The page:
The newly appointed president of the Amaury Sport Organisation (ASO), Jean-Etienne Amaury, said Friday that he will not back down on his group's strict position against doping. Amaury, 32, is the son of Philippe Amaury - the founder of the eponymous media group which is the parent company of the ASO. He took over the presidency after Patrice Clerc was removed from that role this week.
Jean-Etienne Amaury told AFP that he was well aware of how doping had harmed the credibility of cycling, and promised that the dismissal of Clerc would have no impact on the fight against doping.
"This is due to a disagreement of people, not strategy," said Amaury. "We continue to have a very strict position against doping. These are ethical values that are fundamental in the culture of the group. Nothing has changed on that side. Our position is the same."
Amaury called into question the absence of specific language about doping in the agreement between the Editions Philippe Amaury (EPA) and the International Cycling Union (UCI) last week, which ended the four-year long conflict between the sport's governing body and the owner of it's biggest race
"There is nothing specific about doping in this agreement," said Jean-Etienne Amaury. "We can not legislate as an organizer but we work as we did in the past with the responsible parties."
Amaury said the agreement will help to rebuild cycling in the years to come, and that his organisation would lead the way in the fight against doping.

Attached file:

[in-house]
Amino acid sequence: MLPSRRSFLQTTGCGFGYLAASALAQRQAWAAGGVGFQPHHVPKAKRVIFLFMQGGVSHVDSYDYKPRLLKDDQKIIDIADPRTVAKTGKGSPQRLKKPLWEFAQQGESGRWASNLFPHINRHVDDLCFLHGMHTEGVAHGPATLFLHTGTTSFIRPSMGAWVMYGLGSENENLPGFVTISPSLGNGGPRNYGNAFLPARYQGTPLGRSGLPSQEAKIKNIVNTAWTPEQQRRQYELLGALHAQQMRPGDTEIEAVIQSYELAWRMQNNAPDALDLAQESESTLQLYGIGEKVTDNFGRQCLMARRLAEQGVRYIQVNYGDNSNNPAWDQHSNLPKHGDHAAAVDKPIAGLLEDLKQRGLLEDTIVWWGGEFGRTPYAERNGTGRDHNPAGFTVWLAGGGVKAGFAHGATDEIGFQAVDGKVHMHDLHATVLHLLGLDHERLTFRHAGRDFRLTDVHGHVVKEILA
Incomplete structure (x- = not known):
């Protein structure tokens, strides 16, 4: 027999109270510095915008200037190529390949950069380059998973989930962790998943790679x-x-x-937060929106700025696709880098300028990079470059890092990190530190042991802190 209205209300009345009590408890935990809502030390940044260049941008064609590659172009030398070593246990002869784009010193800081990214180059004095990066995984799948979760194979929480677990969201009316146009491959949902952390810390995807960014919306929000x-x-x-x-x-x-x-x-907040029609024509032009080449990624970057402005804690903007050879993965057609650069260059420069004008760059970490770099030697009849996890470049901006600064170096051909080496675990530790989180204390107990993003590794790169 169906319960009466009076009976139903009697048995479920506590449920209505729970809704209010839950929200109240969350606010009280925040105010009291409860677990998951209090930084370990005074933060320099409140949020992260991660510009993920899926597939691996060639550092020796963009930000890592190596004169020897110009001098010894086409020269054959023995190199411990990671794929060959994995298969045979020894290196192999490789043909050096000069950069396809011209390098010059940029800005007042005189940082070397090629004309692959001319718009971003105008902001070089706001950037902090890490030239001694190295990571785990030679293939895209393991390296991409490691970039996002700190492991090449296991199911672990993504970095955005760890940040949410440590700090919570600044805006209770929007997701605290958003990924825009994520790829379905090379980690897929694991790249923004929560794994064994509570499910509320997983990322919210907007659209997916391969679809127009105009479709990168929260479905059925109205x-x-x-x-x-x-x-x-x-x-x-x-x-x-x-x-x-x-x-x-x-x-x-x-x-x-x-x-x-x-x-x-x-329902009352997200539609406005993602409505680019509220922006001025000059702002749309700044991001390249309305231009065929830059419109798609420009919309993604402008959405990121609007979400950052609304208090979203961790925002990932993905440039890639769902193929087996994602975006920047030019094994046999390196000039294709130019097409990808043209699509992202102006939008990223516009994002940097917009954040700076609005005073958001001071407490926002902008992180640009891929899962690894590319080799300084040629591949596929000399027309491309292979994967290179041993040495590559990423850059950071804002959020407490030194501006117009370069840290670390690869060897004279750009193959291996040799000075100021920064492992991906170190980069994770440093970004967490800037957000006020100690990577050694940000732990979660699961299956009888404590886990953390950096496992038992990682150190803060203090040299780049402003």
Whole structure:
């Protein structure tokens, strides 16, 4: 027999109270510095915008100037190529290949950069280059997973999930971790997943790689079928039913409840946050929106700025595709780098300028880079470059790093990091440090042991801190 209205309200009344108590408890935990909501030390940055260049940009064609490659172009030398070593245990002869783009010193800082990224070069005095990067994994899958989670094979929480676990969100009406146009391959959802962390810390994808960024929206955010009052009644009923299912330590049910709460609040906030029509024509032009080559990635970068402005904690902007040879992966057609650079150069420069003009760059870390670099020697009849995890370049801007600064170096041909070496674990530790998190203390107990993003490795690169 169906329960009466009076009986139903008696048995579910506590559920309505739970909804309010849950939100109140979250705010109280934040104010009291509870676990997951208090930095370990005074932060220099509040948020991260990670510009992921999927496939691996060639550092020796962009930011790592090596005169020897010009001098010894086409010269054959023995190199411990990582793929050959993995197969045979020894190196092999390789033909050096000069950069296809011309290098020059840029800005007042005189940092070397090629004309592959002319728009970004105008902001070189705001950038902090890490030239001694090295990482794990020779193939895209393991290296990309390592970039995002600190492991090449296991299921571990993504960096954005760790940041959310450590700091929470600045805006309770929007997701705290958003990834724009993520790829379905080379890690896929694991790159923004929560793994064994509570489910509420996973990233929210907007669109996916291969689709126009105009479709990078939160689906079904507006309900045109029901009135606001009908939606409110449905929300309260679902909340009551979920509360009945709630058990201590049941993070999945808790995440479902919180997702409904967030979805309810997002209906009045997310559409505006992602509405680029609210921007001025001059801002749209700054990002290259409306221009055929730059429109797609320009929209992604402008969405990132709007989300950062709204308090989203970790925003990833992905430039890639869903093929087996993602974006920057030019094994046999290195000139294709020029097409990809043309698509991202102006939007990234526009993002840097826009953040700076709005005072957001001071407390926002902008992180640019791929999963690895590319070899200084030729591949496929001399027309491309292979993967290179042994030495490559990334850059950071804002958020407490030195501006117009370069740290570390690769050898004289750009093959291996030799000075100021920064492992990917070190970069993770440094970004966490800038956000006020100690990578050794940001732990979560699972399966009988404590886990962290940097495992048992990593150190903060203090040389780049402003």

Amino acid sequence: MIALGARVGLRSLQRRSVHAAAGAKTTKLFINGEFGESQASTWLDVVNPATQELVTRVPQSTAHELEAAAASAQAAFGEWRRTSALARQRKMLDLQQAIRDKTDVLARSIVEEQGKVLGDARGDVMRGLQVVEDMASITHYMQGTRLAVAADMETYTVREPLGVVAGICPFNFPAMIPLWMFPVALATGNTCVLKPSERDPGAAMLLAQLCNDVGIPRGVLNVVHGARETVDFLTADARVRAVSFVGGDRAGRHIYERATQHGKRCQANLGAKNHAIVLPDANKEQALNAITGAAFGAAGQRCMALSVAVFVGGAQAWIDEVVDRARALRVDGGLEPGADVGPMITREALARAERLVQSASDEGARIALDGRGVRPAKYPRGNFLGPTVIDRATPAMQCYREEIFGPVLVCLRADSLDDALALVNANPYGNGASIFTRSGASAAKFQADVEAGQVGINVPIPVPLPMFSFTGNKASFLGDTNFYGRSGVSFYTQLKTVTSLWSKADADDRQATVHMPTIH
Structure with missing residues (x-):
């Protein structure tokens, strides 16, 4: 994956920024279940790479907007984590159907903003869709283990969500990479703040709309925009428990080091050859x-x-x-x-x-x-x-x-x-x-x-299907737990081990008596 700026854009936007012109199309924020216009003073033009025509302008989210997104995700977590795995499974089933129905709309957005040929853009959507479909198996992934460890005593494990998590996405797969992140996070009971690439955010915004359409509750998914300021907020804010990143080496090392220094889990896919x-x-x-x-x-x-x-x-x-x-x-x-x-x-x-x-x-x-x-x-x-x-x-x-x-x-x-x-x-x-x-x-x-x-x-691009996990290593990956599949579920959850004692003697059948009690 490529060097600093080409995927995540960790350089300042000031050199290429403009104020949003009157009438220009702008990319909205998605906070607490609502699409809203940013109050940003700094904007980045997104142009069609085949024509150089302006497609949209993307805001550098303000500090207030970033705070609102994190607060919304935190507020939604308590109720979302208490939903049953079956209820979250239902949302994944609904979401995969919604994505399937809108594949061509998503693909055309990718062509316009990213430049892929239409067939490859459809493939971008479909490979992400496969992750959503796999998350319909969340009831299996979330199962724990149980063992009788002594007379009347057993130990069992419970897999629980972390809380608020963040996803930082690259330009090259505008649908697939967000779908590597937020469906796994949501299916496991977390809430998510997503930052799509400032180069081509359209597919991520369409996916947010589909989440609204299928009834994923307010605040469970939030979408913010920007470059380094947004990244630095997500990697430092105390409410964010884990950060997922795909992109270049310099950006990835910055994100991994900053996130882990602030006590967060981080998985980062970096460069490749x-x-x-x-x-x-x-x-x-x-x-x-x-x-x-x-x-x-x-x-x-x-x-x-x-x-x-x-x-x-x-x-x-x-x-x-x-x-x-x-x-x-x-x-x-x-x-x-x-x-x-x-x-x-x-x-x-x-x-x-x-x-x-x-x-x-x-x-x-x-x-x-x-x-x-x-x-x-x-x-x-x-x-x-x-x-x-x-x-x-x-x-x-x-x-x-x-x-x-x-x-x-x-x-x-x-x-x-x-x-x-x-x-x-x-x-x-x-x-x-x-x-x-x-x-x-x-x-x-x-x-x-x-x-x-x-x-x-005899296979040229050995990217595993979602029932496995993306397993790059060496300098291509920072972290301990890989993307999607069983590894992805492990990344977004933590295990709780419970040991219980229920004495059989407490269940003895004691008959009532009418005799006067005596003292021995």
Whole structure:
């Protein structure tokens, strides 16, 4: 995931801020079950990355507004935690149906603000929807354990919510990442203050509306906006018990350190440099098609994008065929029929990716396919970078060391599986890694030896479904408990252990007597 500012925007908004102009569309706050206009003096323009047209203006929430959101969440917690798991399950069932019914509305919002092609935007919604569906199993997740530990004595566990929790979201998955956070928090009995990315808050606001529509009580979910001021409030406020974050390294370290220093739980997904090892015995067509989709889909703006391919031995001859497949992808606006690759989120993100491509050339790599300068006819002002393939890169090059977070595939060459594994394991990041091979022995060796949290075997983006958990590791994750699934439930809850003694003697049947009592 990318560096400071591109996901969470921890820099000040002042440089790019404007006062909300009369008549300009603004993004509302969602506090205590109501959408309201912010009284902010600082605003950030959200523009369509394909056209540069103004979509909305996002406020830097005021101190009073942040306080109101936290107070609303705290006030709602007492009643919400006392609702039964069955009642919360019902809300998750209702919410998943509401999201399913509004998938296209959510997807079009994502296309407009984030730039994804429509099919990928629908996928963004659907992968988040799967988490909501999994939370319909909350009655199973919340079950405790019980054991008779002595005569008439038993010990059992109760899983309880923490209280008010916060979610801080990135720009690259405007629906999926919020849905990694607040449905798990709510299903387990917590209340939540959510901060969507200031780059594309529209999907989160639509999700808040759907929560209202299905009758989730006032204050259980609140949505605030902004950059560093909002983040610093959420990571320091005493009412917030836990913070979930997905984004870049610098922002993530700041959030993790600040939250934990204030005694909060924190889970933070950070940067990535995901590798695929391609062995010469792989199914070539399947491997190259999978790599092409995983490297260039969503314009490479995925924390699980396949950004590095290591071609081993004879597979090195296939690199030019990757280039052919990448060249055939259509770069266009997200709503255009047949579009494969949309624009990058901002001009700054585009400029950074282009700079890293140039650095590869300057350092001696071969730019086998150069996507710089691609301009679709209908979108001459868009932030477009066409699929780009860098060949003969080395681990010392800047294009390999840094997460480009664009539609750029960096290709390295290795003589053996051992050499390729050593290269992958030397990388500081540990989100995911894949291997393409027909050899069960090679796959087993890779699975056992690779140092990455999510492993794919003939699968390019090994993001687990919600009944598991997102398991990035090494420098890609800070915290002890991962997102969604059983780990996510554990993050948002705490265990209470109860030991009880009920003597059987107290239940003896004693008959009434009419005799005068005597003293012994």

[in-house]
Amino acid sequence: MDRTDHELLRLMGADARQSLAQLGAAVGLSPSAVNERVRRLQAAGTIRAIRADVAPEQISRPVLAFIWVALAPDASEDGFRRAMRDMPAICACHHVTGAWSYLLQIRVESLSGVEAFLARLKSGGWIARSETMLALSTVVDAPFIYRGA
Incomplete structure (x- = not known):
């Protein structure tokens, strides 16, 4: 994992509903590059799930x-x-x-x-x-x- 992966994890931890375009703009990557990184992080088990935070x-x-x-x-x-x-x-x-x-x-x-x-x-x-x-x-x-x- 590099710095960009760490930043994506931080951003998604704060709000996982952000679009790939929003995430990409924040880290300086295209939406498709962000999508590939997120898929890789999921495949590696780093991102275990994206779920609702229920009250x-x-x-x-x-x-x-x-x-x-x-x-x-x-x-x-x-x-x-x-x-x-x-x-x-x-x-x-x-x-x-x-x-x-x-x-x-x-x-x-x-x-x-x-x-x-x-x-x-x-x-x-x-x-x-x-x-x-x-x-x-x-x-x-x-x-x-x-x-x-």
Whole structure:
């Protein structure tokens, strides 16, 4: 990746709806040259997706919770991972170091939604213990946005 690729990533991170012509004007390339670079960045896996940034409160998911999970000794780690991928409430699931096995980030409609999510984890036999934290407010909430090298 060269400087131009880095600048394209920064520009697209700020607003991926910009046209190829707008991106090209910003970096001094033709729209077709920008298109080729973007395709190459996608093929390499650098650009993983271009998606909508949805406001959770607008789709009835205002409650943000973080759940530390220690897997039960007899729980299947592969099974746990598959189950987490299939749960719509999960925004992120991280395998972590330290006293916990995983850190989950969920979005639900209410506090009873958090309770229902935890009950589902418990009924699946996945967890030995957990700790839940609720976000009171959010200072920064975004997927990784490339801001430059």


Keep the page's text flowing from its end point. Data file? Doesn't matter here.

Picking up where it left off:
However, he would not repeat his predecessor's decision to have the anti-doping controls run outside the aegis of the UCI. This year's Tour was not held under UCI rules, and as a result relied on the French Anti-doping Agency (AFLD) for the testing.
The anti-doping controls for next year's Tour will be "the responsibility of the UCI since one of the points of agreement is that we go back under the aegis of the international federation," but said that he would seek cooperation between the UCI and the AFLD.
Amaury said that the organisation of the ASO's management is still being studied, but was optimistic that it had "potential for significant development". He hinted that the group's plans for globalisation meshed with the UCI's plan to spread the top level of cycling across the globe. "ASO has an expertise in organizing events that it could export."
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